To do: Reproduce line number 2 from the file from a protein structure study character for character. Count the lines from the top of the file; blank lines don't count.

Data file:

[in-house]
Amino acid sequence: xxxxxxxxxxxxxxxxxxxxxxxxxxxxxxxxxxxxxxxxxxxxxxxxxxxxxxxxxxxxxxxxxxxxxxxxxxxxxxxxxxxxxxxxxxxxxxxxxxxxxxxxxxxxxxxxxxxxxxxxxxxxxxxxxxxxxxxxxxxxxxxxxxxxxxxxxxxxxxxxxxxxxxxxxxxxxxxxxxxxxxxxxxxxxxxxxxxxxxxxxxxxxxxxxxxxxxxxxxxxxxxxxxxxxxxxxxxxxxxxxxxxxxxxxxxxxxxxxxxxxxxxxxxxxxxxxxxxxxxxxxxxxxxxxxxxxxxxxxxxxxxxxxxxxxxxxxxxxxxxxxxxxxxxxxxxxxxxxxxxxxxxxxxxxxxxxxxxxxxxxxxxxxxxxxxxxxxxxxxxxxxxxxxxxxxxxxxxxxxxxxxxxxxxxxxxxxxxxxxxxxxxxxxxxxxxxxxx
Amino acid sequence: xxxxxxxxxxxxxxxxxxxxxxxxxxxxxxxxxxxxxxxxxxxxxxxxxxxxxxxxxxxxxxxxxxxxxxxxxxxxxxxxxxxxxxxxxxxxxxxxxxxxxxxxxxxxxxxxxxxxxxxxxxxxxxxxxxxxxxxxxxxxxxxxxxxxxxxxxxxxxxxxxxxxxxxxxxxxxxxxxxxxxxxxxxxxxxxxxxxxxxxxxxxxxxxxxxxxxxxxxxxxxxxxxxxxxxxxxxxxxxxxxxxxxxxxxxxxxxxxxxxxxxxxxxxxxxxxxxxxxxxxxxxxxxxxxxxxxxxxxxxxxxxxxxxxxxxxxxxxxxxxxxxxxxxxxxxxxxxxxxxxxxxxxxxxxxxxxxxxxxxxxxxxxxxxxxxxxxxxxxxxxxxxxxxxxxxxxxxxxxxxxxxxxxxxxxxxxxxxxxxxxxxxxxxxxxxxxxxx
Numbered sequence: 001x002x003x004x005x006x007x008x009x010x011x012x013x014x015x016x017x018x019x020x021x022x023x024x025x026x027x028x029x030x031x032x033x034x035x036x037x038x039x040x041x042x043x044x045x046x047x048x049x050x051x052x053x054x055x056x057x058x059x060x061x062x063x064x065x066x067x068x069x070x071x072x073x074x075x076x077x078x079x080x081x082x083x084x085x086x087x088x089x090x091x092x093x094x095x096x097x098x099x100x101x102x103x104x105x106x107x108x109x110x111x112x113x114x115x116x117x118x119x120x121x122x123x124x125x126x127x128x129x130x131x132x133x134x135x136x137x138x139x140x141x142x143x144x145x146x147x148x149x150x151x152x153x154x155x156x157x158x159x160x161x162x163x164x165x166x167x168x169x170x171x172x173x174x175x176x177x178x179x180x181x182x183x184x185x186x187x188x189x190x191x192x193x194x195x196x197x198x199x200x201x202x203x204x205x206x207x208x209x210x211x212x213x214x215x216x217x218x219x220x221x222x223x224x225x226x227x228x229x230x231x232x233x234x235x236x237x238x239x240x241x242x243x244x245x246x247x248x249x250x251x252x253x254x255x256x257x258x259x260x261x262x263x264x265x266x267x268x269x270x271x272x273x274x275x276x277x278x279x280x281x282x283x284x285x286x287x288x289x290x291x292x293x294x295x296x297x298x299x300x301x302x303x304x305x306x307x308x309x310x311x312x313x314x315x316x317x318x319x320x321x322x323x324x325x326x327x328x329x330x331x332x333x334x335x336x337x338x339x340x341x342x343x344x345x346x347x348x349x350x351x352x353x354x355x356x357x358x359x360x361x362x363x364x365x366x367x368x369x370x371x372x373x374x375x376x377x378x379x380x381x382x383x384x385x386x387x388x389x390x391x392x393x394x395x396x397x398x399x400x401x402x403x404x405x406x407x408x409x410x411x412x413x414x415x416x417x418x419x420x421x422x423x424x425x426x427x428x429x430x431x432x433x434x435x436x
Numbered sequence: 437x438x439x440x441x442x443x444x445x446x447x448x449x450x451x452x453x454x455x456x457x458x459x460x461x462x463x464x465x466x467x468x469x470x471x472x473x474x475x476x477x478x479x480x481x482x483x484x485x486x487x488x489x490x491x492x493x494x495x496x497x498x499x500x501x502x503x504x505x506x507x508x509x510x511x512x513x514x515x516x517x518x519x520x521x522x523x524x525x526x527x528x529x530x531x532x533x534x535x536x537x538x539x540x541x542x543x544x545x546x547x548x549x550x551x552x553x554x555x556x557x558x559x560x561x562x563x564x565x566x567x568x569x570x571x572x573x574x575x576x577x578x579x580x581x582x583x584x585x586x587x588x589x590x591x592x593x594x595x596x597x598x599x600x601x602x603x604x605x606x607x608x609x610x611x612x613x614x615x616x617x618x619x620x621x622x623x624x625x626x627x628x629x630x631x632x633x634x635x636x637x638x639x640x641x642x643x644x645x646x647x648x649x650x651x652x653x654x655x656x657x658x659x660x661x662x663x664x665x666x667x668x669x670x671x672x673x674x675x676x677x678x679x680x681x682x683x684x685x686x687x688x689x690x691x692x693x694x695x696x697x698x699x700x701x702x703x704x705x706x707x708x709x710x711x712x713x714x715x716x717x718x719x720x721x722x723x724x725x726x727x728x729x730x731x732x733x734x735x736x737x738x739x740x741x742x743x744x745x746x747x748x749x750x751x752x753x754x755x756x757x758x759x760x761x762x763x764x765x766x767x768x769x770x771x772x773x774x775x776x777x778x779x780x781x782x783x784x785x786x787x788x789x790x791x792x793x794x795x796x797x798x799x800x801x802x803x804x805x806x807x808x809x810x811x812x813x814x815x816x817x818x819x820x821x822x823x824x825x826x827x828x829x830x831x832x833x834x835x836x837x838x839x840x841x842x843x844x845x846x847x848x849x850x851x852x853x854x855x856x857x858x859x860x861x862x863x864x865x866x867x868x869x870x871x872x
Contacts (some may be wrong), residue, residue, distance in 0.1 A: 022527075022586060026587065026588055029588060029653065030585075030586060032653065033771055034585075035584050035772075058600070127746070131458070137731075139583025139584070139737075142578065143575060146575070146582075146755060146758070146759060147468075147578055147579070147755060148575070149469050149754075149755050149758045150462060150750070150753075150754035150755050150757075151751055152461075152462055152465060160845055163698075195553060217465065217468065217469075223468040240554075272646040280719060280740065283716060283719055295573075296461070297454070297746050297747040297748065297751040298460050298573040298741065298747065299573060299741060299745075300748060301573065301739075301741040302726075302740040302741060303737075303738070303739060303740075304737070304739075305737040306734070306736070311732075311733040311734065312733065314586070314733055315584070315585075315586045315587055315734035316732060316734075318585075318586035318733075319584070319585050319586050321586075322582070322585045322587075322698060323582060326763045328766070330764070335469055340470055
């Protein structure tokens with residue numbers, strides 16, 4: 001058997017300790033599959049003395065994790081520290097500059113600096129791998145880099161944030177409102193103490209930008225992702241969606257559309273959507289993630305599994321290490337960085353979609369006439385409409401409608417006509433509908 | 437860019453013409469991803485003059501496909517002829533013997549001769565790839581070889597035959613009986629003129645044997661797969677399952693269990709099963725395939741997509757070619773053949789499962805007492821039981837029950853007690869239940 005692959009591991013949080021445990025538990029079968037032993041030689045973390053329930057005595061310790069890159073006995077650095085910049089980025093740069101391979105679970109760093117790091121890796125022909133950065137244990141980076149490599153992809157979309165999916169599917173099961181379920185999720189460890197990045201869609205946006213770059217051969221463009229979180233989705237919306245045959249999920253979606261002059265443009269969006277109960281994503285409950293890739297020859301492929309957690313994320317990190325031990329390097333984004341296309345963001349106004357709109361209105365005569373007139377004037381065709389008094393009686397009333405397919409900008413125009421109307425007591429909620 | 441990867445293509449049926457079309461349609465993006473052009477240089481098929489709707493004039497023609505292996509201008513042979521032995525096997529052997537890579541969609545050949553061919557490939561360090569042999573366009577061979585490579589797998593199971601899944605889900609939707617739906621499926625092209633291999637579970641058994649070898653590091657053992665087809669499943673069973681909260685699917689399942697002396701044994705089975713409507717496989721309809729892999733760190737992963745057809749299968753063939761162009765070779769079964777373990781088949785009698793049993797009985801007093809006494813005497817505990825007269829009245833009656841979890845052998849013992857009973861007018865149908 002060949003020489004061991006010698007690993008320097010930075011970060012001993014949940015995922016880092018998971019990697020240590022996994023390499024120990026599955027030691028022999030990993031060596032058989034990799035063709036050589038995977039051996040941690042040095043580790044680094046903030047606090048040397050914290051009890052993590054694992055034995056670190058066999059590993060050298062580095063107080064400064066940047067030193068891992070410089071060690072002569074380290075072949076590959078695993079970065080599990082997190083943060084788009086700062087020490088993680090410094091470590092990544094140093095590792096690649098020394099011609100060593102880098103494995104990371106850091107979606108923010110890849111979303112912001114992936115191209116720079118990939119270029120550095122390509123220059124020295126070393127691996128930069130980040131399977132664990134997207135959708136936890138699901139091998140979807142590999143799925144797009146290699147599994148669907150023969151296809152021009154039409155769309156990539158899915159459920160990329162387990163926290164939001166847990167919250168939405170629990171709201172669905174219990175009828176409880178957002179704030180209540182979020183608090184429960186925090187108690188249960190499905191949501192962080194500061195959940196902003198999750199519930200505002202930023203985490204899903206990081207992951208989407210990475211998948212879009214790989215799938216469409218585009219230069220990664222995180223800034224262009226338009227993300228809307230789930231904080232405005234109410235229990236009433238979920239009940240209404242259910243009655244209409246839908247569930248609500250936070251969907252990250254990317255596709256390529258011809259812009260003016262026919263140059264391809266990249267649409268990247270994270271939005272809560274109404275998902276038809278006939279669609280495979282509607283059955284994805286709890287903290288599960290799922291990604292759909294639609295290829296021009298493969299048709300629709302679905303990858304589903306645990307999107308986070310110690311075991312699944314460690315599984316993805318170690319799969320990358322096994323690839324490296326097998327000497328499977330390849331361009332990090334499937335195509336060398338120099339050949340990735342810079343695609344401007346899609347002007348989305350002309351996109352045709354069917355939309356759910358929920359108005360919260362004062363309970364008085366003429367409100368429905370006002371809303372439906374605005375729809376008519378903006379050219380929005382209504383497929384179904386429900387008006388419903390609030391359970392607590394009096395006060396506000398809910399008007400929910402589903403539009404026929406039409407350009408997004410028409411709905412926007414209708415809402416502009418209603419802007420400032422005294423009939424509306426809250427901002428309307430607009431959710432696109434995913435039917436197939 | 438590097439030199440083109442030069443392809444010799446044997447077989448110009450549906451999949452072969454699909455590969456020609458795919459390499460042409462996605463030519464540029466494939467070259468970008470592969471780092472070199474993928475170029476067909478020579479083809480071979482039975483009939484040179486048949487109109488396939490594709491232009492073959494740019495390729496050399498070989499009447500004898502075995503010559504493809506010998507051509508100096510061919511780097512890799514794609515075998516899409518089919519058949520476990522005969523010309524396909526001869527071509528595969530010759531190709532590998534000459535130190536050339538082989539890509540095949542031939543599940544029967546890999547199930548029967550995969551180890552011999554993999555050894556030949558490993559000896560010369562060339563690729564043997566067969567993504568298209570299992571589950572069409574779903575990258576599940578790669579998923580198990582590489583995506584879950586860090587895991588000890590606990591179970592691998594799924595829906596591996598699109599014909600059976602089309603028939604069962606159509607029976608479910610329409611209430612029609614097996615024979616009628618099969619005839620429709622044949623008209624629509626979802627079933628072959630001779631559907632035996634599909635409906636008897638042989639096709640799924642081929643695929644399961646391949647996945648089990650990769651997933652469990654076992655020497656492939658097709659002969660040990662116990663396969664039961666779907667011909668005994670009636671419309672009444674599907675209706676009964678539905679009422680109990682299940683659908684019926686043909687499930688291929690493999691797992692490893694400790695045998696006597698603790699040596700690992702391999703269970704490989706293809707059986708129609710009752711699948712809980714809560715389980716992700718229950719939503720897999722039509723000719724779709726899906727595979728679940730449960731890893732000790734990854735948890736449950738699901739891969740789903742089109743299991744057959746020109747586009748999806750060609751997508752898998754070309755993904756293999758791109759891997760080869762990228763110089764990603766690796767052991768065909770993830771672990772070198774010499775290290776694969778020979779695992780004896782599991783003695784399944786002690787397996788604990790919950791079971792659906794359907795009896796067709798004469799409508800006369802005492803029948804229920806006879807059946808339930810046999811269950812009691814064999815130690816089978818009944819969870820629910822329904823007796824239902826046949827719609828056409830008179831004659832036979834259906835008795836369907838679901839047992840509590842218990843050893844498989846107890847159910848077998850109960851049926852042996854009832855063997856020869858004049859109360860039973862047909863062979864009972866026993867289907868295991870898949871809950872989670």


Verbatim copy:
Amino acid sequence: xxxxxxxxxxxxxxxxxxxxxxxxxxxxxxxxxxxxxxxxxxxxxxxxxxxxxxxxxxxxxxxxxxxxxxxxxxxxxxxxxxxxxxxxxxxxxxxxxxxxxxxxxxxxxxxxxxxxxxxxxxxxxxxxxxxxxxxxxxxxxxxxxxxxxxxxxxxxxxxxxxxxxxxxxxxxxxxxxxxxxxxxxxxxxxxxxxxxxxxxxxxxxxxxxxxxxxxxxxxxxxxxxxxxxxxxxxxxxxxxxxxxxxxxxxxxxxxxxxxxxxxxxxxxxxxxxxxxxxxxxxxxxxxxxxxxxxxxxxxxxxxxxxxxxxxxxxxxxxxxxxxxxxxxxxxxxxxxxxxxxxxxxxxxxxxxxxxxxxxxxxxxxxxxxxxxxxxxxxxxxxxxxxxxxxxxxxxxxxxxxxxxxxxxxxxxxxxxxxxxxxxxxxxxxxxxxxxx